“We should not be importing hate speech.”

    While noting that freedom of speech is “a bedrock principle” that distinguishes free societies from oppressive regimes, “free speech…is not absolute,” the letter reads.

    Geller called Ellison’s and Carson’s evidence of “sharia,” or Islamic law.

    “It is revealing that these Muslim congressmen would show themselves to be enemies of free speech and free discourse,” Geller told The Daily Caller. “They cannot refute Wilders and don’t dare debate him. All these little authoritarians can do is try to prevent people from hearing his message.”

  10. Yoweri Museveni: Train Ugandan youths to tackle al-Shabab (BBC, Apr 27, 2015)

    “President Yoweri Museveni has ordered security agencies to re-introduce military training for Ugandan civilians to counter the threat from al-Shabab. Writing in the state-owned New Vision newspaper, Mr Museveni said that although al-Shabab was “defeated”, Ugandans need to guard against attacks.

    Uganda has more than 6,000 troops in Somalia as part of an African Union force battling the Islamist militants. In 2010, al-Shabab bomb attacks in Kampala killed at least 76 people.

    In his open letter, President Museveni focuses on al-Shabab, calling them “idiots”.

    But the threat of attack from the Islamist militants is not the only source of insecurity for Ugandans. As the Ugandan army spokesman told the BBC, al-Shabab are not the only targets of this policy.

    In the past few months, security has become a bigger concern than usual in Uganda. In December, two Muslim clerics were shot dead in the capital Kampala, and in March, the top state prosecutor, who was investigating the 2010 al-Shabab attack, was shot and killed on her way home from work.

    It is still unclear who is responsible for the killings and whether they are linked. It is also far from certain that military education for civilians would help keep Uganda safe…”

  11. AFGHANISTAN Fighting flares as Taliban advance on major Afghan city

    KUNDUZ, Afghanistan: Intense fighting flared in northern Afghanistan as security forces battled Taliban insurgents advancing Tuesday on a major provincial capital, officials said, with terrified residents fearing the fall of the besieged city.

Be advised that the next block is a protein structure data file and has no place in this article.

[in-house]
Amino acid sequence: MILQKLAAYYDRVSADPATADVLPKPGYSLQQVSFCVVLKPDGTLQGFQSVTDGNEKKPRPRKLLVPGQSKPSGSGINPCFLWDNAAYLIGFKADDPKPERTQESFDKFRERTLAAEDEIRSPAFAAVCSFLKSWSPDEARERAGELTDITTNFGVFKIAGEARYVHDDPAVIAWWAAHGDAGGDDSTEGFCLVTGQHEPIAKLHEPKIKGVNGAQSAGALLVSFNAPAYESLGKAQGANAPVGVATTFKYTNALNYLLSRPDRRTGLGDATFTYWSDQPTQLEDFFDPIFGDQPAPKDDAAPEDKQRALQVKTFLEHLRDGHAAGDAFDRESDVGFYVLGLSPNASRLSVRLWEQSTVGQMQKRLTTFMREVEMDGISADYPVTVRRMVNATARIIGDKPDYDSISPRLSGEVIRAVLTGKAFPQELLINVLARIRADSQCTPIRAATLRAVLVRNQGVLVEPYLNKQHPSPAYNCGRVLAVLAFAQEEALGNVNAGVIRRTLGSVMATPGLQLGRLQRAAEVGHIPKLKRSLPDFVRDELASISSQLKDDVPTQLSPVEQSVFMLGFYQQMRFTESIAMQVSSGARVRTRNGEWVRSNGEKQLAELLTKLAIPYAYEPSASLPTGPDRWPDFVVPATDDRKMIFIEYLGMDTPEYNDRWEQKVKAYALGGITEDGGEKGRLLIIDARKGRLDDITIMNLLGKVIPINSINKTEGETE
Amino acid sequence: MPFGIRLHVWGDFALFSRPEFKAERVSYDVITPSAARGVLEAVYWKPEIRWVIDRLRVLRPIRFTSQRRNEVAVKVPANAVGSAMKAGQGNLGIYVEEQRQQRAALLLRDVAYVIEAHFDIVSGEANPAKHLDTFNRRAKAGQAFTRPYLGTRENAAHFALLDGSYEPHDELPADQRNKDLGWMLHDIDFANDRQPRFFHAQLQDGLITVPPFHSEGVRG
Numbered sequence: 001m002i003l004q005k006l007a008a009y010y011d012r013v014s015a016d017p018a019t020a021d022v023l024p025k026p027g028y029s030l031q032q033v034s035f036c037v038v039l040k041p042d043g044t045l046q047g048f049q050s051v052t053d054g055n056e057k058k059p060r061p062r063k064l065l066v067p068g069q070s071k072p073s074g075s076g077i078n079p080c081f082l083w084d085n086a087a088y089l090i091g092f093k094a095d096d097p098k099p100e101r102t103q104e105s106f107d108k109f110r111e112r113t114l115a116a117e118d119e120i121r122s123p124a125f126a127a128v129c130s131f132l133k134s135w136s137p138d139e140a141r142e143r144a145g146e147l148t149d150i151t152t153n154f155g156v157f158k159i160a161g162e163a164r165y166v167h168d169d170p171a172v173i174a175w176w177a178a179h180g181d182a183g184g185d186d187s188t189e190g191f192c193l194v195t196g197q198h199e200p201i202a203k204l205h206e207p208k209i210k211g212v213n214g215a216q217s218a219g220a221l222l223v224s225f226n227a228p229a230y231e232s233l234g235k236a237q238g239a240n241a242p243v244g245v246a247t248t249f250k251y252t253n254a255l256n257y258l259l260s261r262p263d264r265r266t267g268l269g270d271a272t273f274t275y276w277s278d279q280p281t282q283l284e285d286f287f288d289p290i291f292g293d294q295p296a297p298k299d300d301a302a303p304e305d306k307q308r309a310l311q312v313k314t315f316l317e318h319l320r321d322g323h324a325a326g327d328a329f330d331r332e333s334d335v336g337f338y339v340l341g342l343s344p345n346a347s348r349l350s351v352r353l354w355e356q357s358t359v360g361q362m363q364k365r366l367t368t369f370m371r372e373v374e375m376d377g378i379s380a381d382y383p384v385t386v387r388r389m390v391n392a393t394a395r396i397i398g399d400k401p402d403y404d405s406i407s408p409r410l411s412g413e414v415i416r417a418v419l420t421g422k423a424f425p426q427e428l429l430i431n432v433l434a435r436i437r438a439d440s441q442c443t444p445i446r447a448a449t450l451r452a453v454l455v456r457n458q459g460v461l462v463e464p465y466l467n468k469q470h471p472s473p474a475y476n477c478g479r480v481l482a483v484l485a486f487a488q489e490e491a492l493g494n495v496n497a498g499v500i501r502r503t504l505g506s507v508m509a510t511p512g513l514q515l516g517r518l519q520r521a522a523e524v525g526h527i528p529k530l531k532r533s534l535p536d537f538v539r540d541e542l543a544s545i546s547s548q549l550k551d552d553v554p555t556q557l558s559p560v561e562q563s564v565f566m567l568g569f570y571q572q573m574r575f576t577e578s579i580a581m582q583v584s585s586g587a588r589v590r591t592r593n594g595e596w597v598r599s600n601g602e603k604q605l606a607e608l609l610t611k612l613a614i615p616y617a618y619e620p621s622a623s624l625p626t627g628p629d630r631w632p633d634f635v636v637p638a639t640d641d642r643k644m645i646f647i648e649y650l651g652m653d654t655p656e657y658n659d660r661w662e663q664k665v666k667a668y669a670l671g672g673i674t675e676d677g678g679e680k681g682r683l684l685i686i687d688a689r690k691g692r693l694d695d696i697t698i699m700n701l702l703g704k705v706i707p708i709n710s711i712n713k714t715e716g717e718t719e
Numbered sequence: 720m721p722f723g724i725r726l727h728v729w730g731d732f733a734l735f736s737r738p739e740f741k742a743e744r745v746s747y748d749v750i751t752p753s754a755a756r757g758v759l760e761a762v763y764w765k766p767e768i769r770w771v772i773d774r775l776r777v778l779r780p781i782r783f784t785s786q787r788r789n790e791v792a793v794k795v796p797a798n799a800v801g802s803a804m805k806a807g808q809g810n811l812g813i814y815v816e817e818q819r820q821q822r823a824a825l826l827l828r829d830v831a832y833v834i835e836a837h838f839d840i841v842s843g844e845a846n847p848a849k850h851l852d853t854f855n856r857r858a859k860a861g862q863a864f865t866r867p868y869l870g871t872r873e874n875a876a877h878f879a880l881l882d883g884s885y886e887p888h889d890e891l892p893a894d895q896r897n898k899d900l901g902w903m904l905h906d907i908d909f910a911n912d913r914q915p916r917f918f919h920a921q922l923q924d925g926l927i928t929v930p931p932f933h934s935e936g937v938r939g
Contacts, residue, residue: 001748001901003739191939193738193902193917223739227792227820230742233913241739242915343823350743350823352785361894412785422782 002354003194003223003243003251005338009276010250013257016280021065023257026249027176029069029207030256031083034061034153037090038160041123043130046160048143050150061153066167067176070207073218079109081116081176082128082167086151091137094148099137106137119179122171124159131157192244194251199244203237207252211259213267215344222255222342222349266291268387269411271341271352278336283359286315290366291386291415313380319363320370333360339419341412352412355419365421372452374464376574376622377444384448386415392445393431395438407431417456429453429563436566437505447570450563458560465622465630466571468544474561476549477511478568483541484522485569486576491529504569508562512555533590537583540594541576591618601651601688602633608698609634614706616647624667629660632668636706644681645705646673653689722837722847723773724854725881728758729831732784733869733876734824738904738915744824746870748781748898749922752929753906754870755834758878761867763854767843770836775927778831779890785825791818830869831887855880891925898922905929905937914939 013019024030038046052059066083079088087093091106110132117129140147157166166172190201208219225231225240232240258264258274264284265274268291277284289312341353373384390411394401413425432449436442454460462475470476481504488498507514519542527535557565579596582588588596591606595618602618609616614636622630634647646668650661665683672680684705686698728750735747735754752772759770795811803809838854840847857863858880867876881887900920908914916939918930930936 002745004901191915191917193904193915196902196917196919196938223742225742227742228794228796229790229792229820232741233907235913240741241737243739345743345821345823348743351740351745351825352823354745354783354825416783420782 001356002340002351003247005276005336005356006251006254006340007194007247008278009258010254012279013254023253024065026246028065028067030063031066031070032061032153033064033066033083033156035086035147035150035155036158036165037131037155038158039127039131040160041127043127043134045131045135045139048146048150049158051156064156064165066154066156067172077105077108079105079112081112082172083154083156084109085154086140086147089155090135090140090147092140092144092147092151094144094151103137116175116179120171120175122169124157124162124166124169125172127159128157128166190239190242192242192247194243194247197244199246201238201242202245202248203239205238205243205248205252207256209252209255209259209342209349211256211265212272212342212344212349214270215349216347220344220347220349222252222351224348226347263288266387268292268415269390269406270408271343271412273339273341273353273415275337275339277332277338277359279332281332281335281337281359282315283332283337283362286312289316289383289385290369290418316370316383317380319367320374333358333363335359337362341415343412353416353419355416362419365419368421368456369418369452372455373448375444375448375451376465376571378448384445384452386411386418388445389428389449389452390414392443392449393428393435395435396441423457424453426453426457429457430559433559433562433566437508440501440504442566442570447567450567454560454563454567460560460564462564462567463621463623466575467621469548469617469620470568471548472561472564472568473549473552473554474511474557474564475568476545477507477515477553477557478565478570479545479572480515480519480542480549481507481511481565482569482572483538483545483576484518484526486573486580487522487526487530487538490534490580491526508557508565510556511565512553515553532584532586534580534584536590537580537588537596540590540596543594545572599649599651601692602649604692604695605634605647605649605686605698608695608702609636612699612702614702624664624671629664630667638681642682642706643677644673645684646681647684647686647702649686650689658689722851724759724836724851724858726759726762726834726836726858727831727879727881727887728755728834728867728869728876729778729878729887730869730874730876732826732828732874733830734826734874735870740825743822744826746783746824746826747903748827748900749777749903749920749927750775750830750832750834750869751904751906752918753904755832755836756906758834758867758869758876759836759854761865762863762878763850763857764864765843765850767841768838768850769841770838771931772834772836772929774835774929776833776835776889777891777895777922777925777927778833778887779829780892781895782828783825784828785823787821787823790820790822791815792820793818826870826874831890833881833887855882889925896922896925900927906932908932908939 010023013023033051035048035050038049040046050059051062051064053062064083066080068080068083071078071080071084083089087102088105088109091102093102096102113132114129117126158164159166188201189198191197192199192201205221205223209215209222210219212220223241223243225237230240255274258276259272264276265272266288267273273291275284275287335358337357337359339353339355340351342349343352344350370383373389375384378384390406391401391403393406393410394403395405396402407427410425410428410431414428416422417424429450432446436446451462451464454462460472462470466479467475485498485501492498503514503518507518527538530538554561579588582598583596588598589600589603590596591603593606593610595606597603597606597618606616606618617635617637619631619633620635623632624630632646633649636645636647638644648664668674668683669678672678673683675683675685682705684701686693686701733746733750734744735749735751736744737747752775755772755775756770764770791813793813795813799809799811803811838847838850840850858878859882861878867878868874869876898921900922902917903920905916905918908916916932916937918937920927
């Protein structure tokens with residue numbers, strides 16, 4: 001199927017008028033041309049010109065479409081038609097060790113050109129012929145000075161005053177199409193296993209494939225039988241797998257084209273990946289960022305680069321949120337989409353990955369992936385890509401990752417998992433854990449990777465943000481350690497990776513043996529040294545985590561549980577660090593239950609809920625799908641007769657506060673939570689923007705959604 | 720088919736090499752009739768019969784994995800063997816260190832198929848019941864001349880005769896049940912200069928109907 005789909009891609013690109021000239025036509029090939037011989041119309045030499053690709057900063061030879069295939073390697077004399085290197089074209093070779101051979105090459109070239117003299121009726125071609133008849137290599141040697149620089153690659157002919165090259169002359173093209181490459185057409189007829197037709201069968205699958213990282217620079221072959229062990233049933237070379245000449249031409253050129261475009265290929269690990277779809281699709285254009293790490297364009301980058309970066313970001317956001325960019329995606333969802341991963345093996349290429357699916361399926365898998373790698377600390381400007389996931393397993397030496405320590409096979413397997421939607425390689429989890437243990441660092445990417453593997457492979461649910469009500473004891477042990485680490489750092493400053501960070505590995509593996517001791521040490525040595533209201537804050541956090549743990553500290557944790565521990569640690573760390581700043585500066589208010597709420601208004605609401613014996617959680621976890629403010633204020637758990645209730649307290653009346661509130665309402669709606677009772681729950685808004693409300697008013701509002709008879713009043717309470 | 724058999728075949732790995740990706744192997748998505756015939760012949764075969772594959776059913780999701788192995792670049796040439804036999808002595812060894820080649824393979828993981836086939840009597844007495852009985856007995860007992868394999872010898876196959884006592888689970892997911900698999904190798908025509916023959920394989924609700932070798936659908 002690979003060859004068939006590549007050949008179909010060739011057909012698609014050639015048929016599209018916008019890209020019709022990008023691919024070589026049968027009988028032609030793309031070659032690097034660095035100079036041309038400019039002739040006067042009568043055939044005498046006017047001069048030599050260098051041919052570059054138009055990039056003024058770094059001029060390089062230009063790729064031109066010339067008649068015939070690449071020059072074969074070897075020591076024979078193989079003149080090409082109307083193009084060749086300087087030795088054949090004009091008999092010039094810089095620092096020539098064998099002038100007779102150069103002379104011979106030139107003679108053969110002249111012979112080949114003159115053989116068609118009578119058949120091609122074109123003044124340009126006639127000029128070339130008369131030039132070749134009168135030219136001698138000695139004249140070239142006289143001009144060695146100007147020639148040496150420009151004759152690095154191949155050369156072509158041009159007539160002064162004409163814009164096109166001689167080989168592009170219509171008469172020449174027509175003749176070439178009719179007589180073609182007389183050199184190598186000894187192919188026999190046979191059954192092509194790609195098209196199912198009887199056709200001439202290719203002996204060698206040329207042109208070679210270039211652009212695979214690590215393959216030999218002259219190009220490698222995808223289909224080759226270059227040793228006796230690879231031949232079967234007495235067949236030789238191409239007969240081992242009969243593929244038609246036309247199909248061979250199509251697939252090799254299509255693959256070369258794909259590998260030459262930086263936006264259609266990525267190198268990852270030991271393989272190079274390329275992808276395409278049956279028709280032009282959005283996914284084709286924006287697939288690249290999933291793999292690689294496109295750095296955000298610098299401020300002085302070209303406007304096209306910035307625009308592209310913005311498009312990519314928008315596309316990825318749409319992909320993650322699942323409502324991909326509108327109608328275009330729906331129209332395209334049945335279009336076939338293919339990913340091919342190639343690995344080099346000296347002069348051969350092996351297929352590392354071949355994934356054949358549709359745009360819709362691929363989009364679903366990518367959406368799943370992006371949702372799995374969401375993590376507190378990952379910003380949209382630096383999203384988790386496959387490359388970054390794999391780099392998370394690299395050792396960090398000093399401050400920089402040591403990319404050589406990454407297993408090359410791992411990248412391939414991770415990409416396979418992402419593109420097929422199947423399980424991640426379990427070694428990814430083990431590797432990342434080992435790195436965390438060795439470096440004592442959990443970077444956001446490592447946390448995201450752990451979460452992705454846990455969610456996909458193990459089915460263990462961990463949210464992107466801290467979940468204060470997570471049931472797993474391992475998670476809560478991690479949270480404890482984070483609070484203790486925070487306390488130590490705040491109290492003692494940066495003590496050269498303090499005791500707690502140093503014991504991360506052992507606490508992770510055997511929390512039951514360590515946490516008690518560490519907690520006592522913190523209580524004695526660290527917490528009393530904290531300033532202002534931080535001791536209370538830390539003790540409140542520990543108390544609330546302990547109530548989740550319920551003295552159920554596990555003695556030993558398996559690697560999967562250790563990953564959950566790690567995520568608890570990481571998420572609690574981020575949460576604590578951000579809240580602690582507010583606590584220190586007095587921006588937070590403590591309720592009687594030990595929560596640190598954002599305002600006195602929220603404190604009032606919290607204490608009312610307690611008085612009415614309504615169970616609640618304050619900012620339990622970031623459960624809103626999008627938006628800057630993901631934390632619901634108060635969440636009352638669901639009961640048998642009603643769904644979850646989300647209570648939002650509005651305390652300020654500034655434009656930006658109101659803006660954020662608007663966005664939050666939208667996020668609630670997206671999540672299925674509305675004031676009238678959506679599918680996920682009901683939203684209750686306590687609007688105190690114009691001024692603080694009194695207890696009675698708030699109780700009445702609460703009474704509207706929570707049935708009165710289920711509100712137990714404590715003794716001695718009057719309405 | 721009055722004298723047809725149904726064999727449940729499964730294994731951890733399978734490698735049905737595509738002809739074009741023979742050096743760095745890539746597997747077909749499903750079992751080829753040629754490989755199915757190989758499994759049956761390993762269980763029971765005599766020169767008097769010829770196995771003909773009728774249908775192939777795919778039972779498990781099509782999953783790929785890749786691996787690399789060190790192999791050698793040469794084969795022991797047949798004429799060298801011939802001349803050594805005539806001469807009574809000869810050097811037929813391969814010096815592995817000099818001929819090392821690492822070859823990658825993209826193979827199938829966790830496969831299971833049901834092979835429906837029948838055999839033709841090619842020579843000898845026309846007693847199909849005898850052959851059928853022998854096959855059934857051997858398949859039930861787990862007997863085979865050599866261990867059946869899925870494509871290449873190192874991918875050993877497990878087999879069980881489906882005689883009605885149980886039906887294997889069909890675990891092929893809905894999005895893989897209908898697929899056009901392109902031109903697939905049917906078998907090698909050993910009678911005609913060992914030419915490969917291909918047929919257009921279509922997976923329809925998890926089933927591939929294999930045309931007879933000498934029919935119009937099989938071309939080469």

Hundreds of militants closed in on Kunduz city after attacking outlying police and army checkposts Friday, just hours after the Taliban launched their annual spring offensive.

    The battles are raging as close as six kilometers north of Kunduz city in Imam Sahib district and nearby villages in the east and south, officials said.

    “The Taliban have surrounded the district and if reinforcements don’t arrive… the district will fall to Taliban,” Imamuddin Quraishi, the district governor of Imam Sahib, told AFP.

    “They are attacking us from three directions. We don’t have enough forces to contain them,” he added.

    The streets of Kunduz city were deserted, with shops closed and local administration officials deserting government buildings, residents said as fears of a Taliban takeover grew.

    “We are really worried that the city could slip into the hands of the Taliban… <b<and all the gains over the last 13 years will be lost,” Ahmad Luqman 35, a shopkeeper in the city, told AFP.

    “We don’t want to go back to the civil war.”

    The fall of a provincial capital would be a major setback for the Afghan government, which has been fighting a resilient Taliban insurgency since the 2001 U.S.-led invasion of Afghanistan.

    Quraishi said the provincial government had asked NATO for air support but the appeal had been rejected on the grounds that it may cause civilian casualties.

    General John Campbell, the commander of NATO-led international forces in Afghanistan, met President Ashraf Ghani Monday to discuss the situation in Kunduz before Ghani left for a three-day trip to India.

    “We can confirm that Campbell met with President Ghani to discuss Kunduz,” Christopher Belcher, a spokesman for international coalition forces, said without elaborating.